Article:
Financial Stability Review

The Financial Stability Review provides an overview of potential risks to financial stability in the euro area. It aims to promote awareness in the financial industry and among the public of euro area financial stability issues.

It is published twice a year.

May 2018
Financial Stability Review
The financial stability
environment in the euro area
has remained favourable

Looking ahead to the next two years, risks remain:

sharp falls in global asset prices

weak bank profitability jeopardising the supply of credit

concerns over public and private indebtedness

liquidity risks in the investment fund sector

May 2018
Financial stability review

Overview chapter

Financial stability in the euro area has benefitted from a growing economy, but abrupt repricing in financial markets could challenge the favourable environment.

Macro-financial and credit environment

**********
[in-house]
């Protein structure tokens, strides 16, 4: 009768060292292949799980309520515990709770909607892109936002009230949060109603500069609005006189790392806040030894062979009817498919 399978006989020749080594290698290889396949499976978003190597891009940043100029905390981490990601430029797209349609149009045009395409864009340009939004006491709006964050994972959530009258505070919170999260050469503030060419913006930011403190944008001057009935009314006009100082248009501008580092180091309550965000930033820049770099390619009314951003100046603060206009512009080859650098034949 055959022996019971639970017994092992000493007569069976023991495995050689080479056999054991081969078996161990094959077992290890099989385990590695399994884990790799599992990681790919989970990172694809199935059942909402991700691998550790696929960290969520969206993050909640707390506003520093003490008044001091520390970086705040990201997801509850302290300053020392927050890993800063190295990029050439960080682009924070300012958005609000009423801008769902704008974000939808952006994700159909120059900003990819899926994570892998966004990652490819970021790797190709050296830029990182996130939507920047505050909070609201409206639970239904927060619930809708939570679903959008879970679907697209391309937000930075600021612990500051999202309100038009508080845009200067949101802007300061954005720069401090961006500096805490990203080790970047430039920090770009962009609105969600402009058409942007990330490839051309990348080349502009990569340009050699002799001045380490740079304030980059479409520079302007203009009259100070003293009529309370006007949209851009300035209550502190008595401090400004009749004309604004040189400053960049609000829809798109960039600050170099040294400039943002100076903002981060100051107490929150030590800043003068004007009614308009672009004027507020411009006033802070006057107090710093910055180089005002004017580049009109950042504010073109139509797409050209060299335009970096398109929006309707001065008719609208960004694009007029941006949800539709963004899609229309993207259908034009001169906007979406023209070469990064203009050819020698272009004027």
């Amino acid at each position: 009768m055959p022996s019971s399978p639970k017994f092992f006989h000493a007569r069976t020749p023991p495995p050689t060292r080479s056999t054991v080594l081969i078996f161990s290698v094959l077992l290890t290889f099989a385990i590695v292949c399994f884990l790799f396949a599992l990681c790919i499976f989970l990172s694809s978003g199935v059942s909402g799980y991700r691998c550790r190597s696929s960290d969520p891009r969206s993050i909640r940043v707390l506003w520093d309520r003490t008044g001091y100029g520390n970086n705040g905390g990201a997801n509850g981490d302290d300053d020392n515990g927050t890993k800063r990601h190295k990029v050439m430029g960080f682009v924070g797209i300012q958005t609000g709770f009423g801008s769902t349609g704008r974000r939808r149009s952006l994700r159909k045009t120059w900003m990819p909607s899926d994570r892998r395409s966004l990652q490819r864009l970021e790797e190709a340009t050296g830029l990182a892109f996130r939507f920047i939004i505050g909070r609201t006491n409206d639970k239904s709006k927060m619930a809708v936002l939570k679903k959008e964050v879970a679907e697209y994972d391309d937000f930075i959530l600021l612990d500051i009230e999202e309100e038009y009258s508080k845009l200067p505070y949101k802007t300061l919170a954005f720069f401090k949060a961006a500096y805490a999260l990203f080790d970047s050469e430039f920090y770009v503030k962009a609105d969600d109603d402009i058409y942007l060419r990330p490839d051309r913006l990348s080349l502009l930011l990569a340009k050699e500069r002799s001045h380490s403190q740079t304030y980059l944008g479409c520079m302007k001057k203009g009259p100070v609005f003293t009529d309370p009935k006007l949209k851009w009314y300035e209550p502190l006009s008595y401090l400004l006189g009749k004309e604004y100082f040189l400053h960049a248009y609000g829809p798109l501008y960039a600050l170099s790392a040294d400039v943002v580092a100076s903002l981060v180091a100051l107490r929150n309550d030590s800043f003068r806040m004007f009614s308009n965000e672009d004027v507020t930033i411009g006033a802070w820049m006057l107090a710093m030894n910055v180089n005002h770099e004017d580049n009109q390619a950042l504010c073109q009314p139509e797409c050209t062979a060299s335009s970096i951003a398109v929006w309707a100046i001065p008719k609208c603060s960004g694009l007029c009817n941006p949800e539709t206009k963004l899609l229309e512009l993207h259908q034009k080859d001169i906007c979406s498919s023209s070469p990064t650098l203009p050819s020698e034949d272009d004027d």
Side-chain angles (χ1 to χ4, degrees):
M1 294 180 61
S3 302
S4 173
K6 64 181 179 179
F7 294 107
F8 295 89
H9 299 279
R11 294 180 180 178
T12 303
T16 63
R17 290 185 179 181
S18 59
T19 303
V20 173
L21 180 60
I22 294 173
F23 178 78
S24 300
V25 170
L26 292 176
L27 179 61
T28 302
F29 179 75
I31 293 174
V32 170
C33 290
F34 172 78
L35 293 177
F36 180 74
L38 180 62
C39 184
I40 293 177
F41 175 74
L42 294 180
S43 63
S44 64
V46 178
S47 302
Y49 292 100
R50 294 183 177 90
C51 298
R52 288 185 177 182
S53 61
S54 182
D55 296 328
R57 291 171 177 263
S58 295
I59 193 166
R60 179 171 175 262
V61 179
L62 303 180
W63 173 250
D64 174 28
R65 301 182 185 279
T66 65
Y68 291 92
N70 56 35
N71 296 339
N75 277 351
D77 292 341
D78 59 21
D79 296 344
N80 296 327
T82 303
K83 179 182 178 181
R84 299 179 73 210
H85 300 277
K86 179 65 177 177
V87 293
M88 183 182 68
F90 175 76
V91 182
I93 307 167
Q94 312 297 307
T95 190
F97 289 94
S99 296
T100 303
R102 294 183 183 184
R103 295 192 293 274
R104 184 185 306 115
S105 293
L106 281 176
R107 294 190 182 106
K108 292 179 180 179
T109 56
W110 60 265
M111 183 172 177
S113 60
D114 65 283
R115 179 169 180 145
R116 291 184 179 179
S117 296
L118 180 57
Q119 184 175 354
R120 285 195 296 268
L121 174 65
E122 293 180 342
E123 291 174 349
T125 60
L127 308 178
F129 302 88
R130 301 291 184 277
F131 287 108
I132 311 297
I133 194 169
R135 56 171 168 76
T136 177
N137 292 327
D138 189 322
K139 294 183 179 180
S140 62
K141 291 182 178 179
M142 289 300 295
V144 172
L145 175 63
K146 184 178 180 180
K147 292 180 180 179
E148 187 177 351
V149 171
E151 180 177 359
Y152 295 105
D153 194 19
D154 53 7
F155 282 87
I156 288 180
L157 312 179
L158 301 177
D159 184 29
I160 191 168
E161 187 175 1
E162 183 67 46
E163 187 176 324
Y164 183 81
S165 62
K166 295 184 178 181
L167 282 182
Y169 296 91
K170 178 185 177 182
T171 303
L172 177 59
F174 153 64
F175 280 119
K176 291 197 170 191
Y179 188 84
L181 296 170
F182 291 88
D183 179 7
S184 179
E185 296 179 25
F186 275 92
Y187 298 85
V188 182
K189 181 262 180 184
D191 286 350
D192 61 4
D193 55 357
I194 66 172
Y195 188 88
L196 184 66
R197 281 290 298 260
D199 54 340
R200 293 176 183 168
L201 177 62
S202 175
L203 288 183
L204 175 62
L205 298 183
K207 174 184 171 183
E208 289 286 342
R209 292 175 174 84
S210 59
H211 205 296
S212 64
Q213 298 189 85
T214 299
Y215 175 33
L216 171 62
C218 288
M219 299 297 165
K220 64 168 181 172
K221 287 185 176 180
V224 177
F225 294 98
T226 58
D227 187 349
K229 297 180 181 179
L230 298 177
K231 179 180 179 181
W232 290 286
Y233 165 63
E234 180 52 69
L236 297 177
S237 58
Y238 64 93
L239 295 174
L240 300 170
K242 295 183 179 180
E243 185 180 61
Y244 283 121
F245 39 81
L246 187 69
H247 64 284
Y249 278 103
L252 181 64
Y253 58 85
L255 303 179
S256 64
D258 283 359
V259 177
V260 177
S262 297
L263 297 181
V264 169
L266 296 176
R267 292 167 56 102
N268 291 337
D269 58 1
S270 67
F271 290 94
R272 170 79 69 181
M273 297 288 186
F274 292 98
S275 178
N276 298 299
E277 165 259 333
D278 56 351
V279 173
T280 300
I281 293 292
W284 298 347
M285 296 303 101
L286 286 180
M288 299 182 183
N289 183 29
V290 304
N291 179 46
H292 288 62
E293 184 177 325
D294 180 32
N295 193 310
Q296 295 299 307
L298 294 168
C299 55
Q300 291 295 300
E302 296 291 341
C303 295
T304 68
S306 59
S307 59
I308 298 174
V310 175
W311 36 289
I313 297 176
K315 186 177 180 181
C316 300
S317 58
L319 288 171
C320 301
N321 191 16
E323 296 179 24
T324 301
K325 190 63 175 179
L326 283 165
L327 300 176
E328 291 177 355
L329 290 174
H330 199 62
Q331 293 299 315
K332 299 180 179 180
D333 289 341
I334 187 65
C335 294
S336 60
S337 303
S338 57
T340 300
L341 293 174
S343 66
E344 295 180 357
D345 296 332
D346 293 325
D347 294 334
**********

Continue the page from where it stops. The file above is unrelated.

The sustainability of public finances has been supported by economic expansion but could face challenges if, for instance, growth were to weaken significantly.

Financial markets and valuations

Risk-taking in financial markets has intensified. Abrupt movements in US stock prices in February underscored the fragility of market sentiment. Some euro area asset valuations have been high compared with historical norms.

Euro area financial institutions

Banks’ resilience strengthened in 2017. Euro area banks are, however, still challenged by high operating costs, low revenue diversification and, in some regions, high levels of non-performing loans.

Regulatory framework

A full implementation of the Basel III package across all jurisdictions is key to financial stability. Cyber threats have become an important concern.

What is financial stability?

Financial stability is a state whereby the level of systemic risk is contained.

Systemic risk can best be described as the risk that the provision of necessary financial products and services by the financial system will be impaired to a point where economic growth and welfare may be materially affected.

Systemic risk can come from three sources:

  • an endogenous build-up of financial imbalances, possibly associated with a booming financial cycle
  • amplification of shocks hitting the economy or the financial system
  • contagion effects across markets, intermediaries or infrastructures.

Macroprudential Bulletin
Spotlight on financial stability